The Joint Chiefs are briefed on the recent mission and Curran requests permission to destroy the Stingers, but Navy Intelligence has learned they have already been relocated. The SEALs are ordered on R&R and enjoy a game of golf. Curran, brooding over the previous mission, reads a book authored by Varrens. During the golf outing, Graham convinces his fiancée (S. Epatha Merkerson) to try to finish the wedding, regardless of the hazards of Graham's job.

The team receives their orders for the next mission. Naval Intelligence has heard that the Stinger missiles are on board a merchant ship, the Latanya, off the coast of Syria. The SEALs deploy from a submerged submarine, the USS Nyack, and successfully board the ship, neutralizing two disguised gunmen, only to find out from an EOD team that the missiles are not on board after all.

Frustrated by the recent unreliable intelligence, Curran solicits Varrens's cooperation. Curran takes Claire on a tour of a SEAL training facility and attempts to woo her over an elegant dinner. Claire is initially wary but opens up to Curran after learning that a Stinger has been used to shoot down a peace delegation in Lebanon. Claire provides pictures of men she has encountered who may possibly provide information that may lead the SEALs to the location of the missiles.

While trying to identify possible contacts, Claire tells Curran and Hawkins that one of her contacts is missing, most likely having been kidnapped by the Israelis. Inspired by this, and an outburst by Hawkins, Curran presents the idea of kidnapping a potential informant to his superiors who subsequently recommend the proposal at a National Security Council meeting. A CIA executive at the meeting identifies one of the targets as a known CIA informant who could be co-opted if taken into custody. On that basis, the SEALs are authorized to bring him in.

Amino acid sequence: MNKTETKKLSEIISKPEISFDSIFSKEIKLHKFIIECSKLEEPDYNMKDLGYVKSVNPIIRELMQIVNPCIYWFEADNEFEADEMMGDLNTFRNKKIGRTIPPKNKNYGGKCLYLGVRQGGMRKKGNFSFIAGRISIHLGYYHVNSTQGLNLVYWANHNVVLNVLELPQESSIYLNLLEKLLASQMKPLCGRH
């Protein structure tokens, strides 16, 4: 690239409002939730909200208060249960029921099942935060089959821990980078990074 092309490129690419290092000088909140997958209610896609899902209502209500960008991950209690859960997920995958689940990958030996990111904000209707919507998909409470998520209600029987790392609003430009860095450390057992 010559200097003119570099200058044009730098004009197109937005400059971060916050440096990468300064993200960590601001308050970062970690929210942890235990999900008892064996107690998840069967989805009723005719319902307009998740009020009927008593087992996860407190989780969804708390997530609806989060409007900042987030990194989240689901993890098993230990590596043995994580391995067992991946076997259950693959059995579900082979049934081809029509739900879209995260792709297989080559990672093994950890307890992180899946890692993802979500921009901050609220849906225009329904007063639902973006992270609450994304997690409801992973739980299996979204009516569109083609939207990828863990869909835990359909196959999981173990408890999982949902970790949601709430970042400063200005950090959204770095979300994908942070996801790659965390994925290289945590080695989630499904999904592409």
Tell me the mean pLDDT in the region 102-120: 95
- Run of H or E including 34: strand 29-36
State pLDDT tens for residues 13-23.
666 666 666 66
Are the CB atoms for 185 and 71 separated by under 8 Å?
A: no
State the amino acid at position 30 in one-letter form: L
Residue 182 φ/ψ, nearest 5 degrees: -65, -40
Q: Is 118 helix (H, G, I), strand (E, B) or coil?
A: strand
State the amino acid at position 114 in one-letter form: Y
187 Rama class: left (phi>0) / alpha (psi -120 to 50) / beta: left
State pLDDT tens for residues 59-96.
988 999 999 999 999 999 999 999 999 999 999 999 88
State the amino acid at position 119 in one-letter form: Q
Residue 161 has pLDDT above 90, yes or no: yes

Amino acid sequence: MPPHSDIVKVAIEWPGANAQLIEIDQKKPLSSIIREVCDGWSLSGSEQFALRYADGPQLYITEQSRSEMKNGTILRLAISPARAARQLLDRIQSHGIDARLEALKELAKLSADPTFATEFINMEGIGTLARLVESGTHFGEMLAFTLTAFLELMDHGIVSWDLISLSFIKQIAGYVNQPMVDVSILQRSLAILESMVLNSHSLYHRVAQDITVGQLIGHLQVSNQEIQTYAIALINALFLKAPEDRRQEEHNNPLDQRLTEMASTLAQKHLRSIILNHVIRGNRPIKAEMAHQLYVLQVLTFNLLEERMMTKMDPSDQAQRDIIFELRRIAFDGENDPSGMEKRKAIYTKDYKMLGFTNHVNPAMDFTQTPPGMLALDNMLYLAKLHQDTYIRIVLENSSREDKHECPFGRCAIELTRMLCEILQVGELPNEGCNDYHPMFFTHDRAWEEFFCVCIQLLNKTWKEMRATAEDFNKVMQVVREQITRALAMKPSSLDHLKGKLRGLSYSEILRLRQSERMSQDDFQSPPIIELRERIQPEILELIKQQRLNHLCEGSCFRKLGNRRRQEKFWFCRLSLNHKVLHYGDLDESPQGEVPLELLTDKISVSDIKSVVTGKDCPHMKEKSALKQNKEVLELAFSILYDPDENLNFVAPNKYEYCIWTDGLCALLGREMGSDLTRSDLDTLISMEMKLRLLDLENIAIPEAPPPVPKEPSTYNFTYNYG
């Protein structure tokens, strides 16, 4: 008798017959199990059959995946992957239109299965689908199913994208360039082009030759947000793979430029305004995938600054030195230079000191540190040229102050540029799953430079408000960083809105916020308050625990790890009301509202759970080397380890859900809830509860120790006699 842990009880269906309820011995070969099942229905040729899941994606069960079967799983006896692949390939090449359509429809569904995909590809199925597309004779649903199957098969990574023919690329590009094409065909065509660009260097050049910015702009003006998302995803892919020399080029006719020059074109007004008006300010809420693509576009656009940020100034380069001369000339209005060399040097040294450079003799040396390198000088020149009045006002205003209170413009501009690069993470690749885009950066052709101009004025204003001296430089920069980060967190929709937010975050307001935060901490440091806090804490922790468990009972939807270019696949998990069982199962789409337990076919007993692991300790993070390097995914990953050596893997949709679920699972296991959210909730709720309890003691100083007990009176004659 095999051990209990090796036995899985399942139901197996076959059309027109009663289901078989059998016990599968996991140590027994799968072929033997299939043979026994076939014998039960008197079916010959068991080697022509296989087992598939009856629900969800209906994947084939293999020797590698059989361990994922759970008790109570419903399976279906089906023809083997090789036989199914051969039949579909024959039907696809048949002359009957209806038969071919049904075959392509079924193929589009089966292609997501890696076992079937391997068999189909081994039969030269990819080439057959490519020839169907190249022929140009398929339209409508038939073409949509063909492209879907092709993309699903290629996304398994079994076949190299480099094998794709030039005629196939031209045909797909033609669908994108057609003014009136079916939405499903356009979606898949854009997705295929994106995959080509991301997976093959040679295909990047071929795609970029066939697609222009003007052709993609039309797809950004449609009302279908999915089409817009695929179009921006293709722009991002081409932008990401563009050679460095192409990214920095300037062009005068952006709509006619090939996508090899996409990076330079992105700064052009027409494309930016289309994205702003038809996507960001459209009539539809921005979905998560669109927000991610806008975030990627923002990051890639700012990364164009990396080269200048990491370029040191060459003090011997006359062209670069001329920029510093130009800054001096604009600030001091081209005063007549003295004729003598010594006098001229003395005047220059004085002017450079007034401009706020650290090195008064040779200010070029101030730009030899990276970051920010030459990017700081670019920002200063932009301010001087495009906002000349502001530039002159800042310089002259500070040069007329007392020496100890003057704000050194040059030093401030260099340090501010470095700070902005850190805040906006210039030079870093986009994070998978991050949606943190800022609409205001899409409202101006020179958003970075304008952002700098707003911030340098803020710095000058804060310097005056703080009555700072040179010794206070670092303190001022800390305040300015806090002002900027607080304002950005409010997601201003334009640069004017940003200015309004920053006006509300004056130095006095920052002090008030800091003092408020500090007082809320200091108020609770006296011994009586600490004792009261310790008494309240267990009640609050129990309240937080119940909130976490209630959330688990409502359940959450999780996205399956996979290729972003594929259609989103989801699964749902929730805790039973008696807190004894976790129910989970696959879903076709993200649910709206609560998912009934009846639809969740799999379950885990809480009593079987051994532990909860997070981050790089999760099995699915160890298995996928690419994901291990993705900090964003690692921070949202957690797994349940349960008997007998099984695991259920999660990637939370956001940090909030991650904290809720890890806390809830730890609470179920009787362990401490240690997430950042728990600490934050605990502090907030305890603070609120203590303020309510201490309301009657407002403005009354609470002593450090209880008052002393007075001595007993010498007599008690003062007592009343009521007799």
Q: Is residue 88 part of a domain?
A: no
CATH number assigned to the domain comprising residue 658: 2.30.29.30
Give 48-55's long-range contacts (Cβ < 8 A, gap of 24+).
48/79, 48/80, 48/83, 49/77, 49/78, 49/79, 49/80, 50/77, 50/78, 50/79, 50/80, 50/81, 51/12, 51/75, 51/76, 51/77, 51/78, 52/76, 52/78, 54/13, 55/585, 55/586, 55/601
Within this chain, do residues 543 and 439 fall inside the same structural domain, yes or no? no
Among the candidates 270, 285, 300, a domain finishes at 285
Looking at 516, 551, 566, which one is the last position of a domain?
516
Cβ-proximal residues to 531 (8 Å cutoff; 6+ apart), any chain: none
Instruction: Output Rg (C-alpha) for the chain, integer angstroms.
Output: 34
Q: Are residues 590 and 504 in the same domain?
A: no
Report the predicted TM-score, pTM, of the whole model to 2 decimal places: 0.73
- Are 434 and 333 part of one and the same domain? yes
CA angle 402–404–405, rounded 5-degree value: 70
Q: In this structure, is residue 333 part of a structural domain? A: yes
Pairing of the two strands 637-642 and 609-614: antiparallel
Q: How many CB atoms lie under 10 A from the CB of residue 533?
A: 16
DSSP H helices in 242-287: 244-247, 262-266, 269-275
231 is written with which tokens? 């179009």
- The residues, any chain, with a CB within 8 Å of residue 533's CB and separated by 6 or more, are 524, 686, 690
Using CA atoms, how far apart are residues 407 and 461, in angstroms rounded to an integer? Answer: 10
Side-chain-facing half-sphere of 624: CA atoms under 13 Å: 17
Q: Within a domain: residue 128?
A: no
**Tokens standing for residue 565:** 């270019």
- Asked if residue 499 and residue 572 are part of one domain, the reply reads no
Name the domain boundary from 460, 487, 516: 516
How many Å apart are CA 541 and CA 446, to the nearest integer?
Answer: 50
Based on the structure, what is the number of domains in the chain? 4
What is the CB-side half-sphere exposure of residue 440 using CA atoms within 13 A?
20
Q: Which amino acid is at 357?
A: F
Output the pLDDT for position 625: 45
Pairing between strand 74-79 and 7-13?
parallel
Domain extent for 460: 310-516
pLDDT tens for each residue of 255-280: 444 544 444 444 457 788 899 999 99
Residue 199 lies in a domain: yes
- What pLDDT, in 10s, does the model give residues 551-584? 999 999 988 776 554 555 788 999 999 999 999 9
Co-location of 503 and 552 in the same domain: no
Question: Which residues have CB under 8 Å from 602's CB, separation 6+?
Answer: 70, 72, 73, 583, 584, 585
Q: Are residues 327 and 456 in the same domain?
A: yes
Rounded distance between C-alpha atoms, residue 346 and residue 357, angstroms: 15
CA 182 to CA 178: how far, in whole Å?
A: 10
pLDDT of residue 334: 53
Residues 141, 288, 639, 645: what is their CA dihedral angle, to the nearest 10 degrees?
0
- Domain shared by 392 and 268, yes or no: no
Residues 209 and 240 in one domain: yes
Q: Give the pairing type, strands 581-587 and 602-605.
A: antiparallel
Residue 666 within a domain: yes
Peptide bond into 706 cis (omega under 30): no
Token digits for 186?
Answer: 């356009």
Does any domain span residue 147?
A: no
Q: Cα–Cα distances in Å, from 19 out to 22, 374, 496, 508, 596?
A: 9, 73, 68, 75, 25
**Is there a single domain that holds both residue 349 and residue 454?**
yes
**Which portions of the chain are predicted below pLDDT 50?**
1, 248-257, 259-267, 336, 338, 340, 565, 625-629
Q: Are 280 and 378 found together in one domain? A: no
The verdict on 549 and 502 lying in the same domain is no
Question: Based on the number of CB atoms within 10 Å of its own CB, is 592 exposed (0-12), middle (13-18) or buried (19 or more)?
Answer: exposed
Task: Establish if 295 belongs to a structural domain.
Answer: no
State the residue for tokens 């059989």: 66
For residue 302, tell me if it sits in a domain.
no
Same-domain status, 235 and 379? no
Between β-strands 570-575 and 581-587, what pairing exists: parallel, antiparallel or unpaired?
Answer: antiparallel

The SEALs infiltrate the area by performing a HALO jump and swimming to shore. Curran leads several of the team inside a house to secure the informant while Hawkins, Ramos, and Graham remain outside. When Ramos is pinned down by patrolling militia, Hawkins disobeys Curran's order to stay quiet and instigates a firefight. Although Hawkins finally succeeds in killing the militiamen, Graham is killed during the firefight.

Curran informs Graham's fiancée of his death, and a funeral with full military honors is held. After the wake, the men drown their sorrows at a local bar. Hawkins gives a toast to Graham for being the best friend a guy could have. Curran scolds Hawkins for his carelessness that caused Graham's death. Later, Claire arrives at Curran's houseboat to find a still grieving Curran, leading to a night of intimacy. Curran quietly leaves the next morning with Claire in bed.

The SEALs are deployed to Beirut, this time to meet a local resistance fighter from the AMAL militia who will guide them to the building containing the Stingers. Although Dane is killed while attempting to set up a sniping overwatch position, the SEALs locate the Stingers in an old school building in a heavily-bombed area of the city. Curran leads Leary and Rexer inside the building to destroy the missiles while Hawkins and Ramos maintain overwatch outside. Hawkins shoots a local gunman questioning him, alerting the terrorists.